Franklin hit his first major-league grand slam on July 21, 2013, in the second inning versus Houston Astros pitcher Jordan Lyles.
Jim Street, reporter for MLB.com, calls Franklin a "versatile" player who can play the infield, the outfield, and even pitch. Jonathan Mayo, also of MLB.com, said that Franklin has the potential for power, and also noted that "[Franklin's] got wiry strength and decent speed". MLB.com rated Franklin a "solid defender" and his arm strength "average". Seattle Mariners' general manager Jack Zduriencik and scouting director Tom McNamara were reportedly impressed by Franklin's dedication to the game of baseball. On January 25, 2011 MLB.com revealed their top 50 best prospects in baseball list, in which Franklin was listed as the 38th best prospect in Major League Baseball. Franklin is a relative rarity among big league players in using a batting helmet with two ear flaps (others to use this sort of helmet include Shane Victorino and Shin-Soo Choo).
- "Nick Franklin Stats, Bio, Photos, Highlights — MiLB.com". MiLB.com. Minor League Baseball. Retrieved June 2, 2010.
- Zach McCann (June 4, 2009). "Added muscle powers Lake Brantley's Nick Franklin to baseball Player of Year honors". Orlando Sentinel. Orlando Sentinel. Retrieved June 2, 2010.
- Zach McCann (April 16, 2009). "Boys athlete of the week: Nick Franklin, Lake Brantley baseball". Orlando Sentinel. Orlando Sentinel. Retrieved June 2, 2010.
- "Mariners sign first-round draft pick INF Nick Franklin". MLB.com. Major League Baseball. August 16, 2009. Retrieved June 2, 2010.
- Conor Glassey (June 2, 2009). "Borchering, Franklin, Johnson among Florida prospects on the rise". Baseball America. Time Inc. Retrieved June 2, 2010.
- Jim Street (June 10, 2009). "Mariners add offense in first round". MLB.com. Major League Baseball. Retrieved June 2, 2010.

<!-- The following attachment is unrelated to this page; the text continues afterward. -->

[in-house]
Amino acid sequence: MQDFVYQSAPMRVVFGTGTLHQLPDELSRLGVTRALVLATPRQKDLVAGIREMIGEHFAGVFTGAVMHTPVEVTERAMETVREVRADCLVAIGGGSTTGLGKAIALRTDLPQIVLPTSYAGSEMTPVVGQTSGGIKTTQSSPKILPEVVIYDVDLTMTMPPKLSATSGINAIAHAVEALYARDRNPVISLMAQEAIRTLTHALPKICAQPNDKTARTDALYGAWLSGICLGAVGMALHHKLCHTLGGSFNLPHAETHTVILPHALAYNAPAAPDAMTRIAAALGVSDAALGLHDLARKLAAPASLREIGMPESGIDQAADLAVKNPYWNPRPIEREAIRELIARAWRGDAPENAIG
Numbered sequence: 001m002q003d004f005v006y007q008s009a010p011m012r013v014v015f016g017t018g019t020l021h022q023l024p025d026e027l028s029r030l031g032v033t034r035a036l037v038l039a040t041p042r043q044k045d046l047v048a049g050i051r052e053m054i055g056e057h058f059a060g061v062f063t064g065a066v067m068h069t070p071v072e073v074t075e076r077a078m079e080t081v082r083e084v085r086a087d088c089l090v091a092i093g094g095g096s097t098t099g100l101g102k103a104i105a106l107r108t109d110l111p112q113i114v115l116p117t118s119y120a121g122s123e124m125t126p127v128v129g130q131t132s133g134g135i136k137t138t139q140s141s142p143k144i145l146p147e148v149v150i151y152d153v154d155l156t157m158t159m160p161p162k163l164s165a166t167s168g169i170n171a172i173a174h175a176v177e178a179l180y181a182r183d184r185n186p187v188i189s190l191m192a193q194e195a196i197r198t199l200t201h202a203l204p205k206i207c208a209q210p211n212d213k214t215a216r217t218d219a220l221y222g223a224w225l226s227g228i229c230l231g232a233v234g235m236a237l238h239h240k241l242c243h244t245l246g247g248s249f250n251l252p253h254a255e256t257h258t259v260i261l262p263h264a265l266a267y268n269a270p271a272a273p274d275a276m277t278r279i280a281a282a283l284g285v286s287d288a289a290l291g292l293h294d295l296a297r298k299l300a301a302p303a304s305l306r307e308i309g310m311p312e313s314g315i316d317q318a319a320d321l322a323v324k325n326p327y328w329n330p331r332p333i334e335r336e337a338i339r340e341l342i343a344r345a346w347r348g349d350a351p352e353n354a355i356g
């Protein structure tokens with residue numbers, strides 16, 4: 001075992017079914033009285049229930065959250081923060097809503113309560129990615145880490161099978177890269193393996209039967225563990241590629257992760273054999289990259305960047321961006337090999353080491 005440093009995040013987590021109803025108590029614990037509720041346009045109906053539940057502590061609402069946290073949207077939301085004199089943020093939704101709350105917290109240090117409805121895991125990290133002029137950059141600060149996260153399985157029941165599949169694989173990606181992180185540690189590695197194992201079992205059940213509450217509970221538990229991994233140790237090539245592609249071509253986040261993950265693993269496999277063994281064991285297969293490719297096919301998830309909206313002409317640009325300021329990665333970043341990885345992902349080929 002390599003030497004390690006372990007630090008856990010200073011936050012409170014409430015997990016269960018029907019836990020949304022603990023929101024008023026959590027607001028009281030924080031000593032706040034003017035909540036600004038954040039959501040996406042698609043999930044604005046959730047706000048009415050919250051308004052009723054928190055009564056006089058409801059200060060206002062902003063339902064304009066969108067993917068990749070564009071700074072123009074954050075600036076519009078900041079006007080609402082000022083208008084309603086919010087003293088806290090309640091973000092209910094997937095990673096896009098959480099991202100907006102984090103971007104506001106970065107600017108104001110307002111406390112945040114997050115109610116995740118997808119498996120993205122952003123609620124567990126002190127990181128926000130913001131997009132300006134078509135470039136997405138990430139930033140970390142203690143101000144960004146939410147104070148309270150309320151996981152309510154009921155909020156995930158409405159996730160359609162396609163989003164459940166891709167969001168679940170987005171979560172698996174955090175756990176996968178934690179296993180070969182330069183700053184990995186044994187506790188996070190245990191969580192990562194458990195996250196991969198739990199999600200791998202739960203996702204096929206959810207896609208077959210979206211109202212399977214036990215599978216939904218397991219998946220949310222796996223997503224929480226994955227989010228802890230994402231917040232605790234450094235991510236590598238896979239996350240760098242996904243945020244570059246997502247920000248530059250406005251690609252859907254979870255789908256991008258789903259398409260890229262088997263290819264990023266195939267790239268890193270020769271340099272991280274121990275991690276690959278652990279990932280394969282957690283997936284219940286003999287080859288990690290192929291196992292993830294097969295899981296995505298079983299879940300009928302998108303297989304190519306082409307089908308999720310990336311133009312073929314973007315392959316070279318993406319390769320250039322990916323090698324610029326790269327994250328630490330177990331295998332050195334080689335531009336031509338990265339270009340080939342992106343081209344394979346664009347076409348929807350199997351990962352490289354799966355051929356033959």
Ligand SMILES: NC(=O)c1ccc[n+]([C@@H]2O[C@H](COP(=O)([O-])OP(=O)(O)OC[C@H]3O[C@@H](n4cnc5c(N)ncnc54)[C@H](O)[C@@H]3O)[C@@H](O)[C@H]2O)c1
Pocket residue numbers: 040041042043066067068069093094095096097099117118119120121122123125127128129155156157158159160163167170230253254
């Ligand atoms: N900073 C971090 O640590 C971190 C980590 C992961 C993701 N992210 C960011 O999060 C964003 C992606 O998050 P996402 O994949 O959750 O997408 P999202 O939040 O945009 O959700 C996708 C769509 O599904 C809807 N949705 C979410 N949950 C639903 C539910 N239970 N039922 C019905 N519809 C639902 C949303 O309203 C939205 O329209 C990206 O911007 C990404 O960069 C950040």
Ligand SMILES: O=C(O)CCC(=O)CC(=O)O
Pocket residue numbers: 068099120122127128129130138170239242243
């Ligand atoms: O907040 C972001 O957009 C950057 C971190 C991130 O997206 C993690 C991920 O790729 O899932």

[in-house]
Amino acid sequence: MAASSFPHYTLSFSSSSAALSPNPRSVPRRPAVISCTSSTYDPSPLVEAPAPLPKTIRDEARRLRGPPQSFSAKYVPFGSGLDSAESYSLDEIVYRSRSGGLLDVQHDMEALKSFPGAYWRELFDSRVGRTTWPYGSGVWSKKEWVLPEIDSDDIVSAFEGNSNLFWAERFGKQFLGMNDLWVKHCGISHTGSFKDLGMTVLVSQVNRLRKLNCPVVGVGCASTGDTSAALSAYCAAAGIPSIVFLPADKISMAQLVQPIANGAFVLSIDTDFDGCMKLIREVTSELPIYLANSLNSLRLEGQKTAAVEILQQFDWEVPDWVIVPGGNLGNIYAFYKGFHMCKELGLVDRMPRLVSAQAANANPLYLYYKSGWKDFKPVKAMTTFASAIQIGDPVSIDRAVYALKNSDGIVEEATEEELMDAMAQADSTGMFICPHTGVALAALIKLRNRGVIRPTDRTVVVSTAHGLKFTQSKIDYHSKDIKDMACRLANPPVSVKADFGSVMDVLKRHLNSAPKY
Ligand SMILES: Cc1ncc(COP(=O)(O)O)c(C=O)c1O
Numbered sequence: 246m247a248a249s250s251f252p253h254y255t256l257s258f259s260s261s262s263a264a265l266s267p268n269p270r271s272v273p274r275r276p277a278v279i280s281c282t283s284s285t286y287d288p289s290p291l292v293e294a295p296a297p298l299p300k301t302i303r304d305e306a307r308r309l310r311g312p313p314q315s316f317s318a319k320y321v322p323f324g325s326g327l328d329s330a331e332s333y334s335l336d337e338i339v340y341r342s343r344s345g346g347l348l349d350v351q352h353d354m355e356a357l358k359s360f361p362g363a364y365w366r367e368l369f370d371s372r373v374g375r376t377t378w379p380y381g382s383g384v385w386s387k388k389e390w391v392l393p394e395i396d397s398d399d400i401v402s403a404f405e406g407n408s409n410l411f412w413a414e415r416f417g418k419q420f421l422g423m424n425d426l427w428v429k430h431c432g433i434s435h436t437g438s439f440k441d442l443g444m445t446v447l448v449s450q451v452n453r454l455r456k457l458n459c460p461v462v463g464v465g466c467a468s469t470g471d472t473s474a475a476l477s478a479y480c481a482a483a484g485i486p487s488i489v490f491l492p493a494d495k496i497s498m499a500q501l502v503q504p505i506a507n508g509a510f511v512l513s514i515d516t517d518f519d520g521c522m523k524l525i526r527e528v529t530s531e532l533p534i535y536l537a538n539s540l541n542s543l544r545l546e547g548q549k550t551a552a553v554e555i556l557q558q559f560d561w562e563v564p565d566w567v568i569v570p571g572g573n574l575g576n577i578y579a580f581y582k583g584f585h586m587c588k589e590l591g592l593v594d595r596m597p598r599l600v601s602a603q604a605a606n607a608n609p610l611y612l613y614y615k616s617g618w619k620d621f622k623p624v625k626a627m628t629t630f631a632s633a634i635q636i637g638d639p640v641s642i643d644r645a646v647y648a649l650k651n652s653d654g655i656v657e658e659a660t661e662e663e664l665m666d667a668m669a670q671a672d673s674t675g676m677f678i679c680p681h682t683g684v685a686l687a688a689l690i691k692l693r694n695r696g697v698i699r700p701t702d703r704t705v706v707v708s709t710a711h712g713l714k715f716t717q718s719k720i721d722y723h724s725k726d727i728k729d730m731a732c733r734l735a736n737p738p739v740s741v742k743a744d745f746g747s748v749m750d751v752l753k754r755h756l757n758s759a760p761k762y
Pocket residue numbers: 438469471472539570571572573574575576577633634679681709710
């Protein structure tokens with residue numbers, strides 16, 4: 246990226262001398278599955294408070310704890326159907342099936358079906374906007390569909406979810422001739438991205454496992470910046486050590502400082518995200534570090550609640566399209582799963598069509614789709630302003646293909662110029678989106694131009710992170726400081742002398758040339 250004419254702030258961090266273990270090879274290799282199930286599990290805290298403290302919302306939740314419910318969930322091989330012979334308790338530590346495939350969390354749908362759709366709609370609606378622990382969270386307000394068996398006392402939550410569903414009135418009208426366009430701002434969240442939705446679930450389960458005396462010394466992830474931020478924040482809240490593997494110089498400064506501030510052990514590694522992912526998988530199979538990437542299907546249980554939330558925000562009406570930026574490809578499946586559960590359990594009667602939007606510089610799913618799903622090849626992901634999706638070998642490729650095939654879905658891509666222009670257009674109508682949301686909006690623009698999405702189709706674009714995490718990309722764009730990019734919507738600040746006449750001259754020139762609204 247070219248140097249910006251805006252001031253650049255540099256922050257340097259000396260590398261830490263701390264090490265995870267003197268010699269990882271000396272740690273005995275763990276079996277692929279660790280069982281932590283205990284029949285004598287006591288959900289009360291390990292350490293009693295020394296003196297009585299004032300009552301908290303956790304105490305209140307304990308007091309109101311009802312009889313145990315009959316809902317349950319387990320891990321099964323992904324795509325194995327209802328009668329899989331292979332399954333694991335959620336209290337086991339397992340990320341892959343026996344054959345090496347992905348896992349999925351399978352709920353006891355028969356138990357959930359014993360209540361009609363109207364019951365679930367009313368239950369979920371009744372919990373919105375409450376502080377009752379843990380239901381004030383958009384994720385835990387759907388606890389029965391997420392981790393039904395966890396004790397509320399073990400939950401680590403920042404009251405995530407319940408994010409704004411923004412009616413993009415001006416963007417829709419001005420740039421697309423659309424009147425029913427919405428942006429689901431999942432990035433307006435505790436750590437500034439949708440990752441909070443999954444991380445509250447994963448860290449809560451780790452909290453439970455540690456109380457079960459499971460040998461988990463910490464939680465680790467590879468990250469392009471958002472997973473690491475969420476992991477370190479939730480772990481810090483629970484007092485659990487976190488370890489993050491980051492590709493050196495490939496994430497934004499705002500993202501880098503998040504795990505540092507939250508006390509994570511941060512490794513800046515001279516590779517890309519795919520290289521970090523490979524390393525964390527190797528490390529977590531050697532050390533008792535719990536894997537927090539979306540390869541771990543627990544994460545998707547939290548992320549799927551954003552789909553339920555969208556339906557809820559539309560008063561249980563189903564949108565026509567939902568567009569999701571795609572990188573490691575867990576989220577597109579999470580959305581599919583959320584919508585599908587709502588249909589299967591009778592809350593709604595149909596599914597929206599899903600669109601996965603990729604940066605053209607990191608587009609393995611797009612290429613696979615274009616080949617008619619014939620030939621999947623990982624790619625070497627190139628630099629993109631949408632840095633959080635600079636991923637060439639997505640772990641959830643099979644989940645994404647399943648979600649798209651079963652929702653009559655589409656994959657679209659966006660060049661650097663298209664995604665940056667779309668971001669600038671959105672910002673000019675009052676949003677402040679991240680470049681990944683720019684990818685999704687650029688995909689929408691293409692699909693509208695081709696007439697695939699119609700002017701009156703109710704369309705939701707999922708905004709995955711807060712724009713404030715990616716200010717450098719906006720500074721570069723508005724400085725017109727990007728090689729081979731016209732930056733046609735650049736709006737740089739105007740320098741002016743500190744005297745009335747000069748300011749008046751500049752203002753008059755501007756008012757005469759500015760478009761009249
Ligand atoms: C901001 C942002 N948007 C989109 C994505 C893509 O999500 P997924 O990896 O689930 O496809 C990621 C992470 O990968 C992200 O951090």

- Tom Wyrwich (August 16, 2009). "Franklin signing official; still no word on top pick Ackley". The Seattle Times. The Seattle Times Company. Retrieved June 2, 2010.
- Matt Eddy (January 22, 2010). "Top 10 Prospects: Seattle Mariners". Baseball America. Baseball America. Retrieved June 2, 2010.
- "LumberKings Announce 2010 Opening Day Roster". OurSports Central. April 5, 2010. Retrieved June 2, 2010.
- "Franklin Homers Twice, Falls Just Short of Cycle". OurSports Central. April 11, 2010. Retrieved June 2, 2010.
- Callis, Jim (1 October 2010). "Midwest League Top 20 Prospects". Baseball American. Baseball American. Retrieved 2 October 2010.
- Jonathan Mayo (May 26, 2009). "Draft Preview: Middle infielders". MLB.com. Major League Baseball. Retrieved June 2, 2010.
- "2009 Draft Reports: Nick Franklin". MLB.com. Major League Baseball. Retrieved June 2, 2010.
- Gregg Bell (June 9, 2009). "Mariners draft Ackley, then Fla. high school SS". Associated Press. The Seattle Times Company. Retrieved June 2, 2010.
- Career statistics and player information from MLB, or ESPN, or Baseball-Reference, or Fangraphs, or The Baseball Cube, or Baseball-Reference (Minors)